The area around Geeveston is bursting with great picnic spots, but one of the best has to be Heritage Park. In addition to an excellent playpark and barbecue shelters, there’s a Platypus Walk along the river. Make your way through the shady trees to the viewing platform, or try your luck from the small bridge – either way, if you time your picnic for late afternoon you’ll stand a better chance of spotting those telltale bubbles in the water! If the excitement of seeing a platypus playing in the wild helps you work an appetite, you can pick some pies and sweet treats at Michelle’s Roadhouse Kitchen, or for a uniquely Tasmanian experience, order some sushi from the newly reopened Masaaki’s Sushi. Don’t forget the locally grown wasabi!

Geeveston Heritage Park large playground and picnic area. Photo by Paul Redding.

If you’ve made it as far south as Geeveston and you’re looking for a picnicking spot that’s not in the township itself, the Arve River Picnic Area is only a fifteen-minute drive west. The picnic area, which is also open for camping, is set back from the road in a beautiful forested area just on the banks of the Arve River. There are barbecue facilities, a few tables and toilets, and plenty of opportunities for post-picnic adventures. The river can be accessed by a set of steps and is popular for fishing and swimming, while the Arve River Nature Walk follows a short loop through the forest.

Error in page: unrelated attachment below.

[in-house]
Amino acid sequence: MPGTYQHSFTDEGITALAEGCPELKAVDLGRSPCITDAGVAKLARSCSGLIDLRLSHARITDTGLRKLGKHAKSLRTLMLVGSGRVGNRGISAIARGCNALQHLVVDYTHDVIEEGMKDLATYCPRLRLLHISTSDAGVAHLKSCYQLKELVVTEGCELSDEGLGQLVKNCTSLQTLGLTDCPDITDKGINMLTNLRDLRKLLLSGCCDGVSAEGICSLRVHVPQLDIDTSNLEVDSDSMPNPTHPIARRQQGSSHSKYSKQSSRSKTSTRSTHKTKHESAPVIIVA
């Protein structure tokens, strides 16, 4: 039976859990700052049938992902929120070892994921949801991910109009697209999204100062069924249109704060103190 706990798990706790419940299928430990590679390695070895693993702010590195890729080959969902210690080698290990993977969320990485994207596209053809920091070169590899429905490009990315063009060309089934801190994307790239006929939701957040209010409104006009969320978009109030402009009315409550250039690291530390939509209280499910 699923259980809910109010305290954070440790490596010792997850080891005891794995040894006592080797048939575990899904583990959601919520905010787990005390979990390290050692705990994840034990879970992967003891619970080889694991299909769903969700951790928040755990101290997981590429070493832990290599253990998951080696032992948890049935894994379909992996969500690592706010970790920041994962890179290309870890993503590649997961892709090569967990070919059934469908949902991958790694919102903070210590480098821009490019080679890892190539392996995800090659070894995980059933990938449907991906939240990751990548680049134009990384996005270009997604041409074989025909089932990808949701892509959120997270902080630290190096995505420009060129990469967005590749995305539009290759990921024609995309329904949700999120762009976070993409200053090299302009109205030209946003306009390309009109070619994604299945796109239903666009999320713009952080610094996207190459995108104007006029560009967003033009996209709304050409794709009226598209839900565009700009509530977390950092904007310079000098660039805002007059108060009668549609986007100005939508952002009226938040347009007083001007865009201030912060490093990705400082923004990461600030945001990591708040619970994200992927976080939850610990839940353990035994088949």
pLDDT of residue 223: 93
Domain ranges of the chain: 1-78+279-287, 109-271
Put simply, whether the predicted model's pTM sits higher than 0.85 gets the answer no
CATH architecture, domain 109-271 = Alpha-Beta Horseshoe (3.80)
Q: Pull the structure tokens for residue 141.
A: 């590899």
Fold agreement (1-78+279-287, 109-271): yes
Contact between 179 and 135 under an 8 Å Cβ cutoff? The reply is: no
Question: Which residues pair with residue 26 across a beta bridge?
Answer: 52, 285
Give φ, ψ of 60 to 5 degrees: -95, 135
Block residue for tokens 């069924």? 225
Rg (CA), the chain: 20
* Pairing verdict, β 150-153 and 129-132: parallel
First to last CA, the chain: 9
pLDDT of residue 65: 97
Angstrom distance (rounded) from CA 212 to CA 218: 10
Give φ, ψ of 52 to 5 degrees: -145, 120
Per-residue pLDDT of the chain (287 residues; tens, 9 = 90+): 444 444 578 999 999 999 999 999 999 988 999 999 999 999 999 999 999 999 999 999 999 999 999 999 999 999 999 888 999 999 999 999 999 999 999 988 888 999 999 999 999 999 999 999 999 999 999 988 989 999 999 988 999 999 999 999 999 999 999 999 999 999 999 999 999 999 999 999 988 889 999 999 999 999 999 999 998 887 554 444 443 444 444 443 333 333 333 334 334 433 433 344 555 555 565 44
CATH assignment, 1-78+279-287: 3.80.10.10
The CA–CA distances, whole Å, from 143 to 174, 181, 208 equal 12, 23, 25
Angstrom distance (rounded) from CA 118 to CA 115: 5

Dover and Cockle Creek

Dover is about an 80-minute drive south of Hobart, and this pretty fishing village is another superb spot for a family picnic. It sits at the head of Esperance Bay, overlooking three islands known as Faith, Hope and Charity. There are plenty of easy walkways along the foreshore as well as an abundance of nearby beaches where you can roll out your rug and admire the view.

If you fancy fishing for your lunch, try casting a line off the Dover wharf. If you’re looking for someone else to do the heavy lifting, the Dover Café and Takeaway offers perfect picnic food like wraps and frittatas. The café has recently expanded to include deli-style offerings, in case build-your-own ham and cheese sandwiches are a better option for your hungry crew. 

For an incredible picnic spot that also comes with bragging rights, make your way to Cockle Creek – the most southerly point you can drive to in Australia. Situated on the edge of the Tasmanian World Heritage Wilderness Area, Cockle Creek is two hours’ drive from Hobart, and worth every minute. Where else can you sit on a beach and look south, knowing that the next stop is Antarctica? There are no shops or services at Cockle Creek, so make sure you come fully stocked with supplies from elsewhere in the valley. Then take your time to enjoy the sand, the silence, and the sights of the Southern Ocean.

Cockle Creek, Whale Sculpture at the end of the road.